The Untouchables: Children living with HIV, AIDS in Manipur (Dec 1 is World AIDS Day)

December 1st, 2010 - 3:59 pm ICT by IANS  

By Kamini Kumari
Imphal, Dec 1 (IANS) Growing up in a conflict zone, children living with HIV in the northeastern state of Manipur are deprived of more than their childhood.

Eleven-year-old Tina, who is HIV-positive, contracted measles and had to be taken to the far-off Imphal General Hospital. After initial treatment and medication was administered, the doctors referred her to an isolation ward of a neighbouring hospital.

When Tina and her mother arrived at the hospital, they found the isolation ward had been converted into staff quarters. So Tina returned home though her weakened condition demanded hospitalisation.

Consequently, she could not access the anti-retroviral therapy (ART) course either. She now lives in the shadow of death, without access to the only medication that promises survival.

According to the World Health Organisation, ART consists of the use of at least three anti-retroviral (ARV) drugs to maximally suppress the HIV virus and stop the progression of HIV disease.

Huge reductions have been seen in rates of death and suffering when use is made of a potent anti-retroviral regimen. The ongoing conflict within the state often leads to curfews and restrictions on movement, in turn cutting off access to ART.

Frequent shutdowns and blockades called by different actors add seriously to the problem. For HIV-positive children, it results in sporadic supply of medication to the hospitals and healthcare centres.

“Only two of the state-specified seven hospitals that offer ART are regularly stocked with the necessary medication,” says Dipankar Majumder, director, development support, Child Rights and You (CRY).

“The hospital in Imphal gets overcrowded because people from all across the state come to it in the search of treatment.”

CRY’s Ashim Ghosh, who also works in the region, adds: “Patients have to travel for up to 40 km, in a place where public transport is non-existent, to access the central hospital. Even then, care is not guaranteed.”

Staff absenteeism, especially in remote districts, is common, due to the frequent outbursts of violence. This means that even when people from remote areas manage to make the expensive trip to the city to get their monthly stock of ART medicines, they cannot always get a health check-up at the same time.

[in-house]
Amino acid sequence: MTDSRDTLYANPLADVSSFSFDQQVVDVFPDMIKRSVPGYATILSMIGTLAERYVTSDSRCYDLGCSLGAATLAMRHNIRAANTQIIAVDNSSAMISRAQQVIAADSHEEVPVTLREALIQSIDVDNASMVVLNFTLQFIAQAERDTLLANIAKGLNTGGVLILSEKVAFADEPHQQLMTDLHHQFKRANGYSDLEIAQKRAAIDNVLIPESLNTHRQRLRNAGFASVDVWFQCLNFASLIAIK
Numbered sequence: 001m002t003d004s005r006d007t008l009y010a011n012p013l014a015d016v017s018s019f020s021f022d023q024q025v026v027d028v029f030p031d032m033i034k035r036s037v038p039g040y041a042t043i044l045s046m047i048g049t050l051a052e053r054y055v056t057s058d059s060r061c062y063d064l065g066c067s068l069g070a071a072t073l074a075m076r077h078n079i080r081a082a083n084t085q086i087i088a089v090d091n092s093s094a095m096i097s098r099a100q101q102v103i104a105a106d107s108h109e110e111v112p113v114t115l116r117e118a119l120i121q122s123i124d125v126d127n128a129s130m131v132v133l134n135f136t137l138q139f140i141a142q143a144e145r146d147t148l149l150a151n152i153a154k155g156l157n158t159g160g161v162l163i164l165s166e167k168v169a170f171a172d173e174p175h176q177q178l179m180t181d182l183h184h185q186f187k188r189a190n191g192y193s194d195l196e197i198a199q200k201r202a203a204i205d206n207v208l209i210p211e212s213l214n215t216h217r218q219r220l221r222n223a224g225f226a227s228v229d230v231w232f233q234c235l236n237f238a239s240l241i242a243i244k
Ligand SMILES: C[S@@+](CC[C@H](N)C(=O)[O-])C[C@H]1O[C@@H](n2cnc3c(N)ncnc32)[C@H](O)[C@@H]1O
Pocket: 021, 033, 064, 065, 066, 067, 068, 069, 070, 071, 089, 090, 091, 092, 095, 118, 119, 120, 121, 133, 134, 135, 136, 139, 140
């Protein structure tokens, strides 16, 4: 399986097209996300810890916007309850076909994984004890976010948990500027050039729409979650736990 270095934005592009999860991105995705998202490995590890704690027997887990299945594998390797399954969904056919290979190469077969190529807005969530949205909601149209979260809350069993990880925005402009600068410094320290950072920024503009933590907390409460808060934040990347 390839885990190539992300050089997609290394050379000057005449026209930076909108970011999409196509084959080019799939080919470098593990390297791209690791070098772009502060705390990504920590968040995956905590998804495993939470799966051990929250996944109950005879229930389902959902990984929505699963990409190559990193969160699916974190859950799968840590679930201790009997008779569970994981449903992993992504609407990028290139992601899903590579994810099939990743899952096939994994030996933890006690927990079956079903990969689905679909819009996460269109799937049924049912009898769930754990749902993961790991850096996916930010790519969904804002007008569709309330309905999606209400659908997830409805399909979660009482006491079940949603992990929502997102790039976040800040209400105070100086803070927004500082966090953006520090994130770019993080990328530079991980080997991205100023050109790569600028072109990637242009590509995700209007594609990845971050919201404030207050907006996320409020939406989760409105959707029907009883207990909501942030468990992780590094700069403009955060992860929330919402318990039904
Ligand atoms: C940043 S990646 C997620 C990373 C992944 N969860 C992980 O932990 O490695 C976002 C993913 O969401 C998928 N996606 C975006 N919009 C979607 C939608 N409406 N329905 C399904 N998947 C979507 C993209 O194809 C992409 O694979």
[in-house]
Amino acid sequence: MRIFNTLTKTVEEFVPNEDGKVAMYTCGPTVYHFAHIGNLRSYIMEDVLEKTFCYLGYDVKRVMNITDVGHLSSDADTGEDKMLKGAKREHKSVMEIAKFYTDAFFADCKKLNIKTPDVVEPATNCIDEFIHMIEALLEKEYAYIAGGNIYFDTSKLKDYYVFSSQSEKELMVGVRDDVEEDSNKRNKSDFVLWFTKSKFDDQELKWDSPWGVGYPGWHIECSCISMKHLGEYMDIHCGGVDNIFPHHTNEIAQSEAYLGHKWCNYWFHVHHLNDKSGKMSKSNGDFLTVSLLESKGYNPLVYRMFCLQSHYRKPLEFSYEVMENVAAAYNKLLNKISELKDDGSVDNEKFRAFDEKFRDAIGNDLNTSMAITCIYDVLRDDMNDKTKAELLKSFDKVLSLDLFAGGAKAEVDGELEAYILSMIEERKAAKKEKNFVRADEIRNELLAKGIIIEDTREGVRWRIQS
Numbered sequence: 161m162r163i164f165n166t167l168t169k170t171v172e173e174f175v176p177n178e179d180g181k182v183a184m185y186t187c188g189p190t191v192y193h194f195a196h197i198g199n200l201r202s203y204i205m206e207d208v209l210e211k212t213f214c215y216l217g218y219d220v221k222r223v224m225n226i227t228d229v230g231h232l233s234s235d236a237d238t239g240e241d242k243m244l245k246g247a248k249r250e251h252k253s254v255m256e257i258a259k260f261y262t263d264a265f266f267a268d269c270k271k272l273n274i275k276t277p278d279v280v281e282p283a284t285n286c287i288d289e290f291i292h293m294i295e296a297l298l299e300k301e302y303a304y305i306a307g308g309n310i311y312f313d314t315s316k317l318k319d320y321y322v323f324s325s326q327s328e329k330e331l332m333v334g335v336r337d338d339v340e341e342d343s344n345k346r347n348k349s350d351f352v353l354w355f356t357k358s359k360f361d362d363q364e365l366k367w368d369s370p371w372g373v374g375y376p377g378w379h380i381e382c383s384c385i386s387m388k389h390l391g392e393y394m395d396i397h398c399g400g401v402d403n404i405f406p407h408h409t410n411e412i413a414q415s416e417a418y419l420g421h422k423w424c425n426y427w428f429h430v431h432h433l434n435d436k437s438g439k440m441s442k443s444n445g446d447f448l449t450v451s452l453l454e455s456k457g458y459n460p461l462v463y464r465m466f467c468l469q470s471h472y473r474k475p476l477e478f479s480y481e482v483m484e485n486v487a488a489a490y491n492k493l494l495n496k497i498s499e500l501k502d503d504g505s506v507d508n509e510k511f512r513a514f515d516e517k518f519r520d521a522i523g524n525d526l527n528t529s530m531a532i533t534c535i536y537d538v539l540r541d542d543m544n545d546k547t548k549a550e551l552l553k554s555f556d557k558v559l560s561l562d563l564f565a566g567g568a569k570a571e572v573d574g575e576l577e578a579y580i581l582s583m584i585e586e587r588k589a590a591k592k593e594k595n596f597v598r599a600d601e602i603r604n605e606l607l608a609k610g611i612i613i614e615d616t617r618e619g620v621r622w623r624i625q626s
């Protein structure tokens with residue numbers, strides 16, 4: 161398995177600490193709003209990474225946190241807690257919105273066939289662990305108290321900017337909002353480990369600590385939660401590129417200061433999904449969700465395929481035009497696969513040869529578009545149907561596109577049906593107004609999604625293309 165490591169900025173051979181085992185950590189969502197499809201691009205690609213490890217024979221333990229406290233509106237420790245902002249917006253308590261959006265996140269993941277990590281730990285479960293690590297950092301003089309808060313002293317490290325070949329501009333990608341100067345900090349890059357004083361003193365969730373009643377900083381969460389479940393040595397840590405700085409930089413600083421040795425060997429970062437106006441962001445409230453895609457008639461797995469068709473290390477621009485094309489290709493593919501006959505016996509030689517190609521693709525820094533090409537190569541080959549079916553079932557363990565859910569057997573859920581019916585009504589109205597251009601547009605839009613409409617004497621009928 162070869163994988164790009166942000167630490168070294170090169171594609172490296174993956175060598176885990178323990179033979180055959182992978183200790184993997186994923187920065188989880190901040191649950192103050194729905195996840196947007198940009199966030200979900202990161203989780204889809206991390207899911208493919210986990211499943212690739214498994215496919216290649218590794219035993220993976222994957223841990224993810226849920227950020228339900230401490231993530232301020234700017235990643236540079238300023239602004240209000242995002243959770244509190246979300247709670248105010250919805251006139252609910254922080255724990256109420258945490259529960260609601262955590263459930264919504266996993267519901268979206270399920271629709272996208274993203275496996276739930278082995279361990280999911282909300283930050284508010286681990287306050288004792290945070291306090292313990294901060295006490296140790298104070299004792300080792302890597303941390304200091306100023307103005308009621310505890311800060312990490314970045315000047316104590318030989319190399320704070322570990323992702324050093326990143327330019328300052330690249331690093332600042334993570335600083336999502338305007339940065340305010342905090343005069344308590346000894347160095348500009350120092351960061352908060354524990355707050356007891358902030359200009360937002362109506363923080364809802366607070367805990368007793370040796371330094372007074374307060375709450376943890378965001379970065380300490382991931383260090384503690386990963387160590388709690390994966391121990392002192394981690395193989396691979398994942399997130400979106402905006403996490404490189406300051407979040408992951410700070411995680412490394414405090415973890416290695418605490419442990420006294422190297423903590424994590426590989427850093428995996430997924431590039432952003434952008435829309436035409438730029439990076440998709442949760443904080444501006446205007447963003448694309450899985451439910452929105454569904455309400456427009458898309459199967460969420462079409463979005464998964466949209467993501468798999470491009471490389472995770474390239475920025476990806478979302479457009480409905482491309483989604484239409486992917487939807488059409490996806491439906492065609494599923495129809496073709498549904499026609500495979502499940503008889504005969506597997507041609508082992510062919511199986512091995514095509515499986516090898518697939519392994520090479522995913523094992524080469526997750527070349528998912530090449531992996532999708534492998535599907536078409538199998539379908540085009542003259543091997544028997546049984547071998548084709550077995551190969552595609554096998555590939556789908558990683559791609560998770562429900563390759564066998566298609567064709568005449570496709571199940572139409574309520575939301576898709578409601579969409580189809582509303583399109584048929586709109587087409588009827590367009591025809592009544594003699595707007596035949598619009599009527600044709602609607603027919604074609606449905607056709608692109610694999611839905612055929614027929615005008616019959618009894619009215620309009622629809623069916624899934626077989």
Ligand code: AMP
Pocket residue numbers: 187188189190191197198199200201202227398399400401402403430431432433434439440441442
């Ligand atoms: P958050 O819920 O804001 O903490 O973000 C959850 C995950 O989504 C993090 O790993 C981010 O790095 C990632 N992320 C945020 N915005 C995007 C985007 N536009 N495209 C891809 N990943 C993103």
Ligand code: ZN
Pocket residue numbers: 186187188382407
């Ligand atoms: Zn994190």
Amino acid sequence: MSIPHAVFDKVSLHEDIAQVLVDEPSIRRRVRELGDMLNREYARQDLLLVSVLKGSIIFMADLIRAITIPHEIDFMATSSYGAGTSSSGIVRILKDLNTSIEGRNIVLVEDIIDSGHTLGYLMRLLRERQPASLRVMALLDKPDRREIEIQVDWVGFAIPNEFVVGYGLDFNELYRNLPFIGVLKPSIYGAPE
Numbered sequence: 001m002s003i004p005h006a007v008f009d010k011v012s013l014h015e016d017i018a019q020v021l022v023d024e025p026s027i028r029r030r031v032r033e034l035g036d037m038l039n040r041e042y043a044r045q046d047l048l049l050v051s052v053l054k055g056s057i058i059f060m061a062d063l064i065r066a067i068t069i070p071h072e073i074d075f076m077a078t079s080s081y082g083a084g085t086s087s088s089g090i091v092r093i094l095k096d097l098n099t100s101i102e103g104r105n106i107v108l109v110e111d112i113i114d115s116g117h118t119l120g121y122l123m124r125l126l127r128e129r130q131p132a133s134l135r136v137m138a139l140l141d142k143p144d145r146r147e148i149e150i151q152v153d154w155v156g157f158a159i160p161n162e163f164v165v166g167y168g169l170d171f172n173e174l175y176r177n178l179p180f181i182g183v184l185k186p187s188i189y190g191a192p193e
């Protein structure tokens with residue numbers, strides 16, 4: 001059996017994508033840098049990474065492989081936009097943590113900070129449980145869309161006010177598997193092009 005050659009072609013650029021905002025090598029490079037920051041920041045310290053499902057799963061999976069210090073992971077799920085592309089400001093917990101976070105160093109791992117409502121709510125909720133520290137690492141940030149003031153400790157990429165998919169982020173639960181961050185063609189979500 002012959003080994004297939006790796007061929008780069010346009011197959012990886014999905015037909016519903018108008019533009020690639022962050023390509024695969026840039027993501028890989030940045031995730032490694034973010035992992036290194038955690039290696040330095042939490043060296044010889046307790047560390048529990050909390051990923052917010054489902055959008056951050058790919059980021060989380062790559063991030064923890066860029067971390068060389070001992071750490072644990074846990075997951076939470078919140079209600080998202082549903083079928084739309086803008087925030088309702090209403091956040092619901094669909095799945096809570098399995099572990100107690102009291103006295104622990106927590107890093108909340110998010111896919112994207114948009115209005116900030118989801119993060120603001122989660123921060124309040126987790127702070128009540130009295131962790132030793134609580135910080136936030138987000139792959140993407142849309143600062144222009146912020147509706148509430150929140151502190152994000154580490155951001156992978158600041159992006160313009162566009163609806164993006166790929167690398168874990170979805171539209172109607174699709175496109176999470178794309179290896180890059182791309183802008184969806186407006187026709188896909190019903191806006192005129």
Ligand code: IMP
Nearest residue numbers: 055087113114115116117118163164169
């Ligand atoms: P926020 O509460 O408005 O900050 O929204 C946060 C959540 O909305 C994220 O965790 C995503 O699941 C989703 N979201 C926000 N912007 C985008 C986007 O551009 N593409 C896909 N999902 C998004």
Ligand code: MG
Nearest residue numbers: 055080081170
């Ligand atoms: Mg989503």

“The importance of a stable education environment as a nurturing setting in which children can be taught about HIV/AIDS is underrated. Schools can be, and often are, a place for peer-to-peer learning, myth-breaking and monitoring the spread of the disease in key populations at higher risk within the local community,” says Majumder.

Lack of access to healthcare and education are not the only struggles in the lives of Manipur’s HIV-positive children. Efforts to change people’s existing perceptions of the disease remain woefully unaddressed.

The stigma attached to HIV and AIDS is still widely prevalent across all sectors of the Manipuri community.

There is little evidence pointing towards concentrated efforts by the government to address the issue of children living with HIV.

CRY partner CCRP (Coalition on Children’s Right to Protection) works extensively to influence policies to benefit children in Manipur. It says that there is no adequate provision for shelter, education and food to deal with the emerging issues.

Key figures of the number of children living with HIV in India are not officially published. HIV-positive children don’t even feature as a category in the Manipur AIDS Control Society (MACS) 2007 Sentinel Surveillance report on the rate of HIV prevalence among various categories of population.

Even though Manipur was the first state in the country to have its own policy statement on AIDS, it has yet to develop a comprehensive plan to provide support and protection to children, both infected and affected by the AIDS epidemic.

“The situation of children living with HIV and AIDS cannot be separated from the other challenges that children in general are coping with in the region,” says Yogita Verma Saigal, director, CRY.

(Kamini Kumari can be contacted at

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